Roadblocks to Project Estimation
When I first published this in April, 2015, we were trying to obsessively estimate our projects at Packback. Looking back, this was premature. The truth is, we should have simply been breaking down our projects into smaller bites when there were problems, but I was a new manager and wanted to have some metrics to feed up the chain.
I don’t push estimation as much anymore when there’s just one engineering team as the loss of productivity measuring estimates vs. actual time is probably higher than the minute gains in optimizing estimates. Instead, I would encourage each engineer to outline their solution before starting. This makes them think through the problem, which is really the goal of estimating anyway.
Project estimation is something that every engineering and product manager wants to get good at, but it seems to be a problem that very few have mastered. I’m not especially great at estimating things, but from the past few years with startups, I have noticed some things that tend to stand in the way of a decent project time estimate.
Some of these things are in control of the engineering and product team, but some are outside business forces that are almost impossible to predict. In a startup, these issues are compounded by a tight or non-existent budget and managers who may be inexperienced.
New team members
It’s nobody’s fault, but new team members need time to adjust and learn your team’s system and technology. Even if they have worked with similar code, your implementation is almost certainly different, and even if it’s not, your team’s personal and political dynamic is different. I’ve said this before, but the biggest mistake managers can make is thinking of engineers as interchangeable cogs in a machine. The truth is that every one is different, and getting them into the groove of a new position takes time and introduces unknowns into a project.
A constantly changing project spec
Good businesses iterate a lot on their products. Poorly run businesses fail to finish testing one thing before they move on to the next.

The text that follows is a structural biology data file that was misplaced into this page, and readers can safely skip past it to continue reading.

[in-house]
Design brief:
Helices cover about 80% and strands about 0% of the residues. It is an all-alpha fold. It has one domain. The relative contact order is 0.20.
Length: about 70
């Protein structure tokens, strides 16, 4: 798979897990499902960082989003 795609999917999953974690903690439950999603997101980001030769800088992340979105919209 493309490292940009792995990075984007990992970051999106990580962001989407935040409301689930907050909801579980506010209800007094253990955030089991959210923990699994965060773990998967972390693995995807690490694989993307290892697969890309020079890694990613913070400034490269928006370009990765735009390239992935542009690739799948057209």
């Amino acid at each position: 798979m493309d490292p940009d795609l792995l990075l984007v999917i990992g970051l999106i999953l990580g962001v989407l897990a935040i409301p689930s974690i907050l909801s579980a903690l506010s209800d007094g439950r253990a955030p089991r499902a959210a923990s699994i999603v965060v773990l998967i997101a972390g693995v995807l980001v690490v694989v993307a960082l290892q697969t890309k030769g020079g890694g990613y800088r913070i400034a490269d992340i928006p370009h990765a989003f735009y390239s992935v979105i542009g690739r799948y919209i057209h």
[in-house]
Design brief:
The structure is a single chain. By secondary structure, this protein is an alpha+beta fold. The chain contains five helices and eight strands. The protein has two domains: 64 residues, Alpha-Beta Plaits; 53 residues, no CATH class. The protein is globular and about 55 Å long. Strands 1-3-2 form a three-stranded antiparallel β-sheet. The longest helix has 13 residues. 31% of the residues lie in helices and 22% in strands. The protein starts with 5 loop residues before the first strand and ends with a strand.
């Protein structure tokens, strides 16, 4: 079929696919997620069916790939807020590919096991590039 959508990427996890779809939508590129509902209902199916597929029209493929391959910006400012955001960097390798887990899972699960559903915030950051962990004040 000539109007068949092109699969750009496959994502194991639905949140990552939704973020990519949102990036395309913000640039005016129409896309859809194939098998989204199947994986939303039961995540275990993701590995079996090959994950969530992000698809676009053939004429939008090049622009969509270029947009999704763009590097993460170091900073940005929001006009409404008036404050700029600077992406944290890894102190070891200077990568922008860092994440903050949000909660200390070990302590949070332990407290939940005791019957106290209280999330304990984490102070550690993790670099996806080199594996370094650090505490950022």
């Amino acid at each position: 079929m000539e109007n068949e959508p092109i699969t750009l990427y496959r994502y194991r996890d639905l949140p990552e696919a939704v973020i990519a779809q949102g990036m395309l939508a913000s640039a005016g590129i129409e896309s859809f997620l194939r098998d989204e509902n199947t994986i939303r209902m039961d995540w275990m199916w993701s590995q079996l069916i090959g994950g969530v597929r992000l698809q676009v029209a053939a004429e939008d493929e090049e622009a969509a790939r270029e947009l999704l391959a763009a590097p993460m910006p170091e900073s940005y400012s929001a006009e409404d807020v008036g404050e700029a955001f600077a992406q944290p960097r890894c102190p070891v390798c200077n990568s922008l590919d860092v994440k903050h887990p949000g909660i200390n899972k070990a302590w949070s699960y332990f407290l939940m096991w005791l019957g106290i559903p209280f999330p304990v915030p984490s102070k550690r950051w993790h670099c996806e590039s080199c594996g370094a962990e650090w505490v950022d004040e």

It can be challenging, but getting the product owner and engineering team to agree to a minimum requirements list will make everyone happier down the line. I say “minimum” requirements because if we’re obeying agile principles, that is just our starting point for future iterations. Even if we need something more advanced down the line, we have to agree on the minimum that the app must do.
I encourage my team to experiment with new platforms, frameworks, and tools, but estimation doesn’t play well with new variables like this. We try to get our experimenting out of the way before we get to the meat of our project and draw up our estimated timeline to completion. Occasionally something new enters the mix, but I’ve learned that it always slows things down more than the developer expects. In the long run, using something outside of your current toolbox may be the best choice, but you’ll probably give up short term gains to introduce it.
Some projects are two-way research projects. On one end, the business wants to know the technical limitations of a new project in order to determine the spec, and on the other end, engineering needs to do research before we can honestly answer the question about what’s possible. We had a project like this at Packback recently relating to gathering thousands of textbook prices every day. Nobody on our engineering team specializes in big data, and we collectively lacked the experience to estimate a project like this or know how to limit its scope. It’s caused a lot of back and forth between the business and engineering team, and it’s been a challenge to estimate.
I love small teams because you get to work on a little of everything, but that also means everyone has to do some of the dev-ops. In a larger organization this might not be such a pain point for project estimation, but at a small company like Packback, it’s a challenge that adds a lot of unknowns, especially when we’re spinning up a new project or using a new stack. The only thing I’ve found to help alleviate this so far is to standardize deployments as much as possible. If you’re going to use Digital Ocean in one place, use it everywhere; if you’re running automated tests with Codeship in one project, use it in all your projects.
Dealing with scale
Creating a web application that works for 100 users is easy. It doesn’t matter how clean your code is or how good your monitoring service is or if one even exists. This same pain of scaling applies to other engineering projects as well (there is an episode of Developer Tea that uses the analogy of making 100 sandwiches vs. 1 sandwich).
What challenges have you encountered when estimating projects?